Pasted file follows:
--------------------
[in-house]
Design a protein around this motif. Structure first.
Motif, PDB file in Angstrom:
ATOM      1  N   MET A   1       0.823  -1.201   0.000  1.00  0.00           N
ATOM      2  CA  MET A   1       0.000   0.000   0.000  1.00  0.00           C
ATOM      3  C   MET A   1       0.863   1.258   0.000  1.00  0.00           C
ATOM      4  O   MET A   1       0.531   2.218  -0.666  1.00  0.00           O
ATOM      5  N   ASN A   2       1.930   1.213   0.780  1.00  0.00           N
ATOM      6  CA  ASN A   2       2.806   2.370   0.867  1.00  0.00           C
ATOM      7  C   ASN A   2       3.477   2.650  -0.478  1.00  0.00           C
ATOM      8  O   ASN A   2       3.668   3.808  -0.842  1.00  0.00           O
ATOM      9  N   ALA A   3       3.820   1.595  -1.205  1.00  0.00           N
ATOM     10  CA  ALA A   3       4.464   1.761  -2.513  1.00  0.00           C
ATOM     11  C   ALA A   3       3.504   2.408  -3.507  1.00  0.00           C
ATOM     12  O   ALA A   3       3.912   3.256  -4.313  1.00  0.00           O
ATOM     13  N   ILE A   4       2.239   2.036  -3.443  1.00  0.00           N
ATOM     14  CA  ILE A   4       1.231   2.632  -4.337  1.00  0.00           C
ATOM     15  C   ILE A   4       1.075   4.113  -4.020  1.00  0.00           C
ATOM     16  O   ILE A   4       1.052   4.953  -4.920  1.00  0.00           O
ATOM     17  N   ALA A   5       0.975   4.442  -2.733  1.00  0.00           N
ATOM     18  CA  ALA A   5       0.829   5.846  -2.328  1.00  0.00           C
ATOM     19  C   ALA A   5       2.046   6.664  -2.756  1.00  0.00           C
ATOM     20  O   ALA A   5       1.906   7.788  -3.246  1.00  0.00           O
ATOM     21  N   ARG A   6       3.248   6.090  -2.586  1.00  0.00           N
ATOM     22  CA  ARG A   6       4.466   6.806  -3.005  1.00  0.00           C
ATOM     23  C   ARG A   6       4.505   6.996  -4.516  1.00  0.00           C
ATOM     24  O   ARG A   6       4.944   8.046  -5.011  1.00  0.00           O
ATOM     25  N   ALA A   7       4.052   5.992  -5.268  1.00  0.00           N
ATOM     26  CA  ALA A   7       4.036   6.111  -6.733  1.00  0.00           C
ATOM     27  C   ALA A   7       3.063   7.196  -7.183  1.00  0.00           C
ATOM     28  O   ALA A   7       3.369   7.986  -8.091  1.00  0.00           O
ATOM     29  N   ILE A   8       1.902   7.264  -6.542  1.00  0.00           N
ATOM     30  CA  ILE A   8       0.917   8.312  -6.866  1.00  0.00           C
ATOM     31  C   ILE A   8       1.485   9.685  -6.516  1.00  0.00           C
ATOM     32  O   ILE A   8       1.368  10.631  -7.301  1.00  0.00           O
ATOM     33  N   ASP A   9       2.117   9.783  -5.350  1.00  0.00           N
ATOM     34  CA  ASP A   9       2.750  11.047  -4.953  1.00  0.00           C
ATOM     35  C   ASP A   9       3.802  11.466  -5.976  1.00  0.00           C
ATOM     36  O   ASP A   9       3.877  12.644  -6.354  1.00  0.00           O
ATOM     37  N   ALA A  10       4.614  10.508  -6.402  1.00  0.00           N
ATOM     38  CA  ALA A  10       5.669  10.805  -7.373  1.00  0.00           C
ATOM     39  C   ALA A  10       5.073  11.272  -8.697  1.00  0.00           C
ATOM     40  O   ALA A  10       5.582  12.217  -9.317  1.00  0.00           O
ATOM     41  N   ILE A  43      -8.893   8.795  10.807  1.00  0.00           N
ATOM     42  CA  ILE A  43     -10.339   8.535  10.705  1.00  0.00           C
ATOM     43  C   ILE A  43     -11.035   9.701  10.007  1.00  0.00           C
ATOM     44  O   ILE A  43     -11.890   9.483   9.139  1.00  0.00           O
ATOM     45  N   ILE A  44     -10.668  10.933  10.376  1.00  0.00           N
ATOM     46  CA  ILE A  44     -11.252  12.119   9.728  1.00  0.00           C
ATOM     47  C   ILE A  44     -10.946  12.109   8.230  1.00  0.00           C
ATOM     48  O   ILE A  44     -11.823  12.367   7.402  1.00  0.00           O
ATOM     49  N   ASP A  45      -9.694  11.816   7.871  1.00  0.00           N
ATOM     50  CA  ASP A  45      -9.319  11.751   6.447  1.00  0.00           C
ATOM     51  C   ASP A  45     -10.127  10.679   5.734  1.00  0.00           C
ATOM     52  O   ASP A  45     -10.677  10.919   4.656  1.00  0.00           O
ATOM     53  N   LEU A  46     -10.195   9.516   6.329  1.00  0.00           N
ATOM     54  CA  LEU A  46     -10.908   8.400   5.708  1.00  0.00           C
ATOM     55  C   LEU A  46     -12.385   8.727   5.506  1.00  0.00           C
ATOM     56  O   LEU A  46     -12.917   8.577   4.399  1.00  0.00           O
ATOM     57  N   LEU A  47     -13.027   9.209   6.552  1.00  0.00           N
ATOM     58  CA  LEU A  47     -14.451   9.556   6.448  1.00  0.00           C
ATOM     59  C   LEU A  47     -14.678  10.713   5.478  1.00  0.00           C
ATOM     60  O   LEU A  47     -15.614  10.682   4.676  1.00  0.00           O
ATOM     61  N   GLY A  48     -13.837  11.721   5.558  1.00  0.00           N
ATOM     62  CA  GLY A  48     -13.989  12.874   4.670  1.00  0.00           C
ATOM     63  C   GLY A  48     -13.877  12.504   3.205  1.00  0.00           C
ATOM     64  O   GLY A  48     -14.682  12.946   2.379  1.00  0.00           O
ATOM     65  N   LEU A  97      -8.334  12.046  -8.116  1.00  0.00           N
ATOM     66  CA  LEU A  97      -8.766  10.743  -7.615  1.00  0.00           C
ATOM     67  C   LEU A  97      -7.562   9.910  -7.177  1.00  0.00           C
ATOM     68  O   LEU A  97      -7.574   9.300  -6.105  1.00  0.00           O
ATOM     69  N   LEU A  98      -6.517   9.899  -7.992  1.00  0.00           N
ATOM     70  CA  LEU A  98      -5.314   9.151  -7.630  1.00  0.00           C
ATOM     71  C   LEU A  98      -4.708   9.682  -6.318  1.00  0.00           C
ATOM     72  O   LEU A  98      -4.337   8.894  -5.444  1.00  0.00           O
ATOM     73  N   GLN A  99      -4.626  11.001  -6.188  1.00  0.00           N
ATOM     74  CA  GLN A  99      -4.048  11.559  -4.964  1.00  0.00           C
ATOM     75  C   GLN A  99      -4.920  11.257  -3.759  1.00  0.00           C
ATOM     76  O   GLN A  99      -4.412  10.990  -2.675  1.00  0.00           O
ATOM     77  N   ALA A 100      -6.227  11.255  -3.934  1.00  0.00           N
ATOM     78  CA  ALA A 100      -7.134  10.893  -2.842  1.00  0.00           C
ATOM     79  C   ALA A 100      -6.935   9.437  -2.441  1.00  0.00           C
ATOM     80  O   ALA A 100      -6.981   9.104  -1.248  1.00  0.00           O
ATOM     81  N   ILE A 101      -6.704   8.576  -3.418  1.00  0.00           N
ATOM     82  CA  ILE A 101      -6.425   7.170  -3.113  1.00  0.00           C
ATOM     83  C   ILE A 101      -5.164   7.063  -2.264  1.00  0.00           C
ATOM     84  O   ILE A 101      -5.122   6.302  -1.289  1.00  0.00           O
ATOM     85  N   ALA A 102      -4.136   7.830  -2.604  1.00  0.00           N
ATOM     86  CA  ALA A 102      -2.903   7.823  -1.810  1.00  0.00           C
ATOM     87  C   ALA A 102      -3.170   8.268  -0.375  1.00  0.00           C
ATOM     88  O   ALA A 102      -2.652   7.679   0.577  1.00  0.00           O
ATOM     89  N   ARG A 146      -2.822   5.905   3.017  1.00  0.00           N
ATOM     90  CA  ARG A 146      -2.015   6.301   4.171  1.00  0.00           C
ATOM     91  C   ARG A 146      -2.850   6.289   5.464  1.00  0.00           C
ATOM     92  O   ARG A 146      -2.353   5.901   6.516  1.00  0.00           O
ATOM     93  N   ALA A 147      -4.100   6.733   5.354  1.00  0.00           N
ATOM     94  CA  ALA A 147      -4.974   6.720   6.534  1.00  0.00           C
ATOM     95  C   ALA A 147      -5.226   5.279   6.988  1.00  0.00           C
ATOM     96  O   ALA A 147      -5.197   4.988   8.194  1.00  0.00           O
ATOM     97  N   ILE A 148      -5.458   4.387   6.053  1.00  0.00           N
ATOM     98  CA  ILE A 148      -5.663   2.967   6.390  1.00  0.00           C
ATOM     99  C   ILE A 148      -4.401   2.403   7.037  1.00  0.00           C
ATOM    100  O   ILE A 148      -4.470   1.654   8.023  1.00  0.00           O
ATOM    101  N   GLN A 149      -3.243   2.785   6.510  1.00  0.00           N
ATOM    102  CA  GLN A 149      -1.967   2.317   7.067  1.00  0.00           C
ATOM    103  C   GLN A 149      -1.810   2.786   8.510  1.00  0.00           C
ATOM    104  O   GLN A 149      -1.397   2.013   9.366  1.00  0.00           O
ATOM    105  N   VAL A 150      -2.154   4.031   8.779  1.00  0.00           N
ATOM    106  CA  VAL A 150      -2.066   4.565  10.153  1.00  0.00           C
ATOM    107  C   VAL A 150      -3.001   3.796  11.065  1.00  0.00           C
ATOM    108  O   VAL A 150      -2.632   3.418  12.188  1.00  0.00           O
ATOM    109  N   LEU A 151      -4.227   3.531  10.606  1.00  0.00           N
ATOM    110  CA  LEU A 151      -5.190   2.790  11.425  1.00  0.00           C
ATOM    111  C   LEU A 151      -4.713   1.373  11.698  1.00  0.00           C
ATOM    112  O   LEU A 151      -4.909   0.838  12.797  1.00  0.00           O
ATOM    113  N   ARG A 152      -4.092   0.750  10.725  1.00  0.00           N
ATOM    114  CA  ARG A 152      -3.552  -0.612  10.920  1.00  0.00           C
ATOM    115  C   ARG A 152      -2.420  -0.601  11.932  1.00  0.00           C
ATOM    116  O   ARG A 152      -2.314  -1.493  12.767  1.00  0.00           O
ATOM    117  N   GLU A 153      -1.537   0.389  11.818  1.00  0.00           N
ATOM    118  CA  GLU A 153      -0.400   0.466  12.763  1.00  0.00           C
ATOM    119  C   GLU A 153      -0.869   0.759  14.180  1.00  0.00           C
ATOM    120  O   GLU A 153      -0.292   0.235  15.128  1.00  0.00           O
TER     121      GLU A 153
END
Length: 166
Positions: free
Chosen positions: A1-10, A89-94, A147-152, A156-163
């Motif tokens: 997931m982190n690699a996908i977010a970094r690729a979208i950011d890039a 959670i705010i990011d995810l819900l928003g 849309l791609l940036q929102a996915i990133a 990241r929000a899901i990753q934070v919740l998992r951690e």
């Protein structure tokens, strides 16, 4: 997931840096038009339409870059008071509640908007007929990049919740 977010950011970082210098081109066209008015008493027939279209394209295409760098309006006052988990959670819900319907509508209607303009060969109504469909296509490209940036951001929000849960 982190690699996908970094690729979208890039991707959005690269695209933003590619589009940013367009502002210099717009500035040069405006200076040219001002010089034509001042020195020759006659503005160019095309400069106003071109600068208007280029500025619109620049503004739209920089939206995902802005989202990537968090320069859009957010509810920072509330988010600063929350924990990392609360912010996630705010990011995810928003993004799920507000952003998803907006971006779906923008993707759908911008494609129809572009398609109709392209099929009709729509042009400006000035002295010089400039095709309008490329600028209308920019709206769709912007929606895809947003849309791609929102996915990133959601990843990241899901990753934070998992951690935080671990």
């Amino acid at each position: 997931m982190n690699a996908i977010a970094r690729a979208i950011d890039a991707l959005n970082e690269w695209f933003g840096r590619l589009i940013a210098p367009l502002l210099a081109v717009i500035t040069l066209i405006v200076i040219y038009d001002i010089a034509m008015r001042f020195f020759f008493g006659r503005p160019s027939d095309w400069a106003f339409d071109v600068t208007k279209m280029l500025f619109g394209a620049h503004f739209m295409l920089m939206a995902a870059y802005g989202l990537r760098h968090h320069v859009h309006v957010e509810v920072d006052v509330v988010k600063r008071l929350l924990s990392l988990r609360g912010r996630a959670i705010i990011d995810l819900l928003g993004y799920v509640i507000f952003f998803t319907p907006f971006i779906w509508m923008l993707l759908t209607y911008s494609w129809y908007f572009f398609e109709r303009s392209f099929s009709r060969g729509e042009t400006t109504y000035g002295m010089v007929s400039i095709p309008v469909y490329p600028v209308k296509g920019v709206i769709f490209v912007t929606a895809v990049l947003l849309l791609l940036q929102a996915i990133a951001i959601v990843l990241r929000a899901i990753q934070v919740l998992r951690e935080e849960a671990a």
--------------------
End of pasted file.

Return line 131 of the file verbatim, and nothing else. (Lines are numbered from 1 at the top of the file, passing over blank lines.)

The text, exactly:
């Amino acid at each position: 997931m982190n690699a996908i977010a970094r690729a979208i950011d890039a991707l959005n970082e690269w695209f933003g840096r590619l589009i940013a210098p367009l502002l210099a081109v717009i500035t040069l066209i405006v200076i040219y038009d001002i010089a034509m008015r001042f020195f020759f008493g006659r503005p160019s027939d095309w400069a106003f339409d071109v600068t208007k279209m280029l500025f619109g394209a620049h503004f739209m295409l920089m939206a995902a870059y802005g989202l990537r760098h968090h320069v859009h309006v957010e509810v920072d006052v509330v988010k600063r008071l929350l924990s990392l988990r609360g912010r996630a959670i705010i990011d995810l819900l928003g993004y799920v509640i507000f952003f998803t319907p907006f971006i779906w509508m923008l993707l759908t209607y911008s494609w129809y908007f572009f398609e109709r303009s392209f099929s009709r060969g729509e042009t400006t109504y000035g002295m010089v007929s400039i095709p309008v469909y490329p600028v209308k296509g920019v709206i769709f490209v912007t929606a895809v990049l947003l849309l791609l940036q929102a996915i990133a951001i959601v990843l990241r929000a899901i990753q934070v919740l998992r951690e935080e849960a671990a």